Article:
Armed occupiers dug road and latrine near tribal sites at refuge

Bald eagles at the Malheur National Wildlife Refuge in Oregon. Photo by Steve Shunk / Facebook

Federal authorities have uncovered a road, two trenches and a camping area next to or on sensitive tribal sites at the Malheur National Wildlife Refuge in Oregon, according to a filing in court.

The trenches were large and at least one of them was found to contain human feces, the document states. It's expected to take at least a couple of weeks to process the crime scenes.

"The outdoor camping area is adjacent to or on a particularly sensitive cultural site that may require extensive processing," U.S. Attorney Billy Williams wrote on Tuesday. "Occupiers appear to have excavated two large trenches and an improvised road on or adjacent to grounds containing sensitive artifacts. At least one of these trenches contains human feces."

The Federal Bureau of Investigation sent an evidence response team and an art crimes team to the refuge on February 13 to assess damage caused during the 41-day occupation of the refuge. Authorities are looking for potential violations of the Native American Graves and Repatriation Protection Act, the Archaeological Resources Protection Act and other laws.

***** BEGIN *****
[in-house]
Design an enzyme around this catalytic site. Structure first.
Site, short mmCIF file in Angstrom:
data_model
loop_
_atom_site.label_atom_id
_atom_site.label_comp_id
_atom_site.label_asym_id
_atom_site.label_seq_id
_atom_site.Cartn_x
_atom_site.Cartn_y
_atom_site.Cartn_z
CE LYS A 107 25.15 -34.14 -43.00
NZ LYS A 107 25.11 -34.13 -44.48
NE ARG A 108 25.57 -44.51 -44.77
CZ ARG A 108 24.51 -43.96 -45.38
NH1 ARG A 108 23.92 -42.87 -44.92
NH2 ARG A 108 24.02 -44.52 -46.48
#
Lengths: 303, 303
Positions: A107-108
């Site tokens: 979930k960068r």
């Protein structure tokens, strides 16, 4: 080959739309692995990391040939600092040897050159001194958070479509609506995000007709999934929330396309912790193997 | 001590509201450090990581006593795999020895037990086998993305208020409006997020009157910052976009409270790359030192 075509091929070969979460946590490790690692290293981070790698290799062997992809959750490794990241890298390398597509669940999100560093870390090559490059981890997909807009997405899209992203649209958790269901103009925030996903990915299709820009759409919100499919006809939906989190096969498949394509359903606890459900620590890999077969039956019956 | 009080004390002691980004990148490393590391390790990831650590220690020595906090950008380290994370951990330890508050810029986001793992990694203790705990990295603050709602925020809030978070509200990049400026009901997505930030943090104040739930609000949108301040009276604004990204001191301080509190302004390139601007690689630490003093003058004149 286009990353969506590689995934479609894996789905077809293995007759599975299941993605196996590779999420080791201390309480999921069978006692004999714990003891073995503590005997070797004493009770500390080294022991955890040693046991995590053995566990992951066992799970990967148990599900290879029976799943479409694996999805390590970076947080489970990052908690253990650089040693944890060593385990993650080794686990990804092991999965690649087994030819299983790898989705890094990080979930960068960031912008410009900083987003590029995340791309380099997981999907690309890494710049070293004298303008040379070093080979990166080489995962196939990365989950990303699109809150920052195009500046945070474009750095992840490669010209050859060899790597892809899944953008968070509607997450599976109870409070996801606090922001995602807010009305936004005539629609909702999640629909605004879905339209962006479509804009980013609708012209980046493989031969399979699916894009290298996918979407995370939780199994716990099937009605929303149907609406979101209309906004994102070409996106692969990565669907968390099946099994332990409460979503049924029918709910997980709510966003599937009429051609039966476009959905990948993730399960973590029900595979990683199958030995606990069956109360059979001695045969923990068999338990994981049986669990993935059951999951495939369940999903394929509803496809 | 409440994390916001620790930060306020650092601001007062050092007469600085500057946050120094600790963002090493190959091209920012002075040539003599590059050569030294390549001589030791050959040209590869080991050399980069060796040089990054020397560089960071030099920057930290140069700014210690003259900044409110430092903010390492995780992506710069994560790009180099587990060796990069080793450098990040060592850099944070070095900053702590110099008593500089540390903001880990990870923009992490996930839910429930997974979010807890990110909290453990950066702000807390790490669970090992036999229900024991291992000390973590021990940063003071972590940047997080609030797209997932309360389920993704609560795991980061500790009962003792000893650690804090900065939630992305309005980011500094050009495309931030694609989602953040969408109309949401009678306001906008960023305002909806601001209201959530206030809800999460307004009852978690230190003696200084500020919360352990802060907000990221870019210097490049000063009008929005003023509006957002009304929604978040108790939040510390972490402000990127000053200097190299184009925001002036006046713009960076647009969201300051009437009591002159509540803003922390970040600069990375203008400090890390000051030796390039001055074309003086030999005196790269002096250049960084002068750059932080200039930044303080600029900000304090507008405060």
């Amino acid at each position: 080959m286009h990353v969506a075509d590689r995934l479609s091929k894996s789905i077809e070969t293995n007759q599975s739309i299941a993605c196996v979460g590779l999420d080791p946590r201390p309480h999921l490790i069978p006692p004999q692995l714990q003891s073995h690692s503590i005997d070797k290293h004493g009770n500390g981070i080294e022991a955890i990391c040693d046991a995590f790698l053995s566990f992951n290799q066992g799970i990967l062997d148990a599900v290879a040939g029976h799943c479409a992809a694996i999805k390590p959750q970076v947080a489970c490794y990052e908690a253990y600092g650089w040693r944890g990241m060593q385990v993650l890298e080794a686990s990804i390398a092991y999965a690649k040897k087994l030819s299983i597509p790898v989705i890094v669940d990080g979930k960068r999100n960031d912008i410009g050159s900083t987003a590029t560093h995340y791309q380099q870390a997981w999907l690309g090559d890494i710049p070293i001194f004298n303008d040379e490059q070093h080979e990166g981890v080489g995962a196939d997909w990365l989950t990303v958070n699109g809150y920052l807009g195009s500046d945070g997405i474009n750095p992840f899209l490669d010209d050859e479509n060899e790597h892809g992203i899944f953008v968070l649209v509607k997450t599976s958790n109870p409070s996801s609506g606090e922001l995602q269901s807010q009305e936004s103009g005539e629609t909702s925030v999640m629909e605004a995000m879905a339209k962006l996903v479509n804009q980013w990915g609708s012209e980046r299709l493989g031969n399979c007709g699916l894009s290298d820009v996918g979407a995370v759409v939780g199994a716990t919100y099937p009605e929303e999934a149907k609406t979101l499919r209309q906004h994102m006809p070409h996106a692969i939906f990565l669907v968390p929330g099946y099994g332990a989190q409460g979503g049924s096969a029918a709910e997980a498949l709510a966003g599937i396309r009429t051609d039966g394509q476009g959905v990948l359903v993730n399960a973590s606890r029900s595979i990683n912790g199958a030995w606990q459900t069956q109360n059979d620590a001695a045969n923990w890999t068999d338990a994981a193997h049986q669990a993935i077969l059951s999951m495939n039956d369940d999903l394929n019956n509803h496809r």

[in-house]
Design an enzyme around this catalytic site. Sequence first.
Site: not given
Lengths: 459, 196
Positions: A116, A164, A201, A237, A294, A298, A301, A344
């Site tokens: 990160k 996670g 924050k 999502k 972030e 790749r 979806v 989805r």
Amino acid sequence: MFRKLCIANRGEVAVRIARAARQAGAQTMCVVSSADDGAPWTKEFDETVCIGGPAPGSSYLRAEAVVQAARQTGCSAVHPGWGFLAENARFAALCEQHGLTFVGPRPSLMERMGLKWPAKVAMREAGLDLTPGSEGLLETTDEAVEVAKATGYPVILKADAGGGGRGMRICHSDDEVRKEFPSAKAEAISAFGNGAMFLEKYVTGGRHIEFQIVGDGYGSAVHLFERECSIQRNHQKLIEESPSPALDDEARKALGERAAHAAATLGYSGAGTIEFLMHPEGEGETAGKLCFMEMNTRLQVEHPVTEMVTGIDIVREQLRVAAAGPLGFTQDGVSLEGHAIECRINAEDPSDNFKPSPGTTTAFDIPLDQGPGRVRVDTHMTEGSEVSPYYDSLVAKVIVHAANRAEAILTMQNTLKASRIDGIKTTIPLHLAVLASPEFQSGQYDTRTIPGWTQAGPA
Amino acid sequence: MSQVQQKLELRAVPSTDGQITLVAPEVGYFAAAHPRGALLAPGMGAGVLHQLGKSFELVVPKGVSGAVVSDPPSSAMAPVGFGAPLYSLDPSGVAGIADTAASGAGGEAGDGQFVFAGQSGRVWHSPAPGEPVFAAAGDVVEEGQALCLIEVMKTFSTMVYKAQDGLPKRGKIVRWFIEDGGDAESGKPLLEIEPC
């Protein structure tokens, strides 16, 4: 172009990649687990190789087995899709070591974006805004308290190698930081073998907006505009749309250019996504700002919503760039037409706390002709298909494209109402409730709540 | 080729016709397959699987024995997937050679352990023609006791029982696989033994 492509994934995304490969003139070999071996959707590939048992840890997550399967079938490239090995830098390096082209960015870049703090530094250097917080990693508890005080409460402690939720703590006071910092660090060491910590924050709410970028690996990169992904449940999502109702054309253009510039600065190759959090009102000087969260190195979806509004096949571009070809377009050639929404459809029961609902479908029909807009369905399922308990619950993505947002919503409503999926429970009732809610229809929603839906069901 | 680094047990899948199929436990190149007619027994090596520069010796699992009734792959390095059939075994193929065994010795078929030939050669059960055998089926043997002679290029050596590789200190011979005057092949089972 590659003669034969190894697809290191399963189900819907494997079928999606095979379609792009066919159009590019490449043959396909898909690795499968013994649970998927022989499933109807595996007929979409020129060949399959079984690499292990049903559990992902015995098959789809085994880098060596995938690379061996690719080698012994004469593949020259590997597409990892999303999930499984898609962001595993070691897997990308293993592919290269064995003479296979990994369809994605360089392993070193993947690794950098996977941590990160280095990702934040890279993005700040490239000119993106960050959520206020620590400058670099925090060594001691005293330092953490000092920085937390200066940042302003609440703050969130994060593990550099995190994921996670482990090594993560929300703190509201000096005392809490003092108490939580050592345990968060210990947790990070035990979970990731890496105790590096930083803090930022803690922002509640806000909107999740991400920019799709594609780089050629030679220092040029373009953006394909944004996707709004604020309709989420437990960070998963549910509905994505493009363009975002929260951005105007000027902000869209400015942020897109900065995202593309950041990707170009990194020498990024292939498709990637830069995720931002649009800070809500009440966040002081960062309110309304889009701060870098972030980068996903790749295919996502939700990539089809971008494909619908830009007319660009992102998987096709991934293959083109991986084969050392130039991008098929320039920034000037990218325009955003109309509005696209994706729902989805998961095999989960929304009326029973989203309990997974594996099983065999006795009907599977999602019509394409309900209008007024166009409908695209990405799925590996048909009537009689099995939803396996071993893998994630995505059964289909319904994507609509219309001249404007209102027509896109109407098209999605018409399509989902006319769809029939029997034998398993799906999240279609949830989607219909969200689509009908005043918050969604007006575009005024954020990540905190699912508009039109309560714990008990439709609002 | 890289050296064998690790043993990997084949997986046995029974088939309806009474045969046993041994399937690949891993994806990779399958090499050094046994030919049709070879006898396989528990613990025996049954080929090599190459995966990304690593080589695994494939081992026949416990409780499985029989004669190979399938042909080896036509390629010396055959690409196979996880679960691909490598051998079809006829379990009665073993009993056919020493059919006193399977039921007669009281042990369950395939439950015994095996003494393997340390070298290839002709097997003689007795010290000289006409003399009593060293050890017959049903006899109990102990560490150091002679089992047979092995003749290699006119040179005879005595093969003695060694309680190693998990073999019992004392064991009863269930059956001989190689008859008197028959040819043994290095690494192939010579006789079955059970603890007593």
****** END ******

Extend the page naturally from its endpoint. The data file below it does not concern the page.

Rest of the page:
The FBI said it will work with the Burns Paiute Tribe to assess the damage. The tribe has been worried about damage to sacred sites and thousands of artifacts at the facility.

Get the Story:
Firearms, explosives and trench of human feces found at Malheur National Wildlife Refuge, feds say (The Oregonian 2/16)
FBI Finds Trench of Human Feces at Cultural Site on Oregon Refuge (Reuters 2/16)
Militants May Have Dug Latrines Near Tribal Sites (Oregon Public Broadcasting 2/16)

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